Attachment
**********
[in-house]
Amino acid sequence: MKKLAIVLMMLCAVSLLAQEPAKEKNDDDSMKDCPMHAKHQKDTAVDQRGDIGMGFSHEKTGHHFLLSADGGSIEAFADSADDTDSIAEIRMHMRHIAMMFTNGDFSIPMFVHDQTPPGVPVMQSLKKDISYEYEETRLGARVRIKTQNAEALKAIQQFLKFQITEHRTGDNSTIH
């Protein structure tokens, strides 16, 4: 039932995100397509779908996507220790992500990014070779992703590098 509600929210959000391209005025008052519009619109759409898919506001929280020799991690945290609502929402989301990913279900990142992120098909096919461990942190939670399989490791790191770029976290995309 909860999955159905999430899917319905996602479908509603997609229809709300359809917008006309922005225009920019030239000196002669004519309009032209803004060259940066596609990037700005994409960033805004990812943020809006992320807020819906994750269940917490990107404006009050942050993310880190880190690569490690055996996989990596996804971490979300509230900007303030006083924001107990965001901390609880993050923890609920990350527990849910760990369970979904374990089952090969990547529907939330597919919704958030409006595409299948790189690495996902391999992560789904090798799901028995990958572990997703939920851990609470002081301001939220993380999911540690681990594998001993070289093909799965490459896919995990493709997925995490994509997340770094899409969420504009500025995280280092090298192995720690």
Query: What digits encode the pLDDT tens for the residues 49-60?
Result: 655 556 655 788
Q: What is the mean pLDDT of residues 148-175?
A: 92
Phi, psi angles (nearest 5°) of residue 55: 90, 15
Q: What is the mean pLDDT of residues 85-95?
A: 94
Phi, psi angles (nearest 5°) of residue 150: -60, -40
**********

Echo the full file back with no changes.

[in-house]
Amino acid sequence: MKKLAIVLMMLCAVSLLAQEPAKEKNDDDSMKDCPMHAKHQKDTAVDQRGDIGMGFSHEKTGHHFLLSADGGSIEAFADSADDTDSIAEIRMHMRHIAMMFTNGDFSIPMFVHDQTPPGVPVMQSLKKDISYEYEETRLGARVRIKTQNAEALKAIQQFLKFQITEHRTGDNSTIH
């Protein structure tokens, strides 16, 4: 039932995100397509779908996507220790992500990014070779992703590098 509600929210959000391209005025008052519009619109759409898919506001929280020799991690945290609502929402989301990913279900990142992120098909096919461990942190939670399989490791790191770029976290995309 909860999955159905999430899917319905996602479908509603997609229809709300359809917008006309922005225009920019030239000196002669004519309009032209803004060259940066596609990037700005994409960033805004990812943020809006992320807020819906994750269940917490990107404006009050942050993310880190880190690569490690055996996989990596996804971490979300509230900007303030006083924001107990965001901390609880993050923890609920990350527990849910760990369970979904374990089952090969990547529907939330597919919704958030409006595409299948790189690495996902391999992560789904090798799901028995990958572990997703939920851990609470002081301001939220993380999911540690681990594998001993070289093909799965490459896919995990493709997925995490994509997340770094899409969420504009500025995280280092090298192995720690």
Query: What digits encode the pLDDT tens for the residues 49-60?
Result: 655 556 655 788
Q: What is the mean pLDDT of residues 148-175?
A: 92
Phi, psi angles (nearest 5°) of residue 55: 90, 15
Q: What is the mean pLDDT of residues 85-95?
A: 94
Phi, psi angles (nearest 5°) of residue 150: -60, -40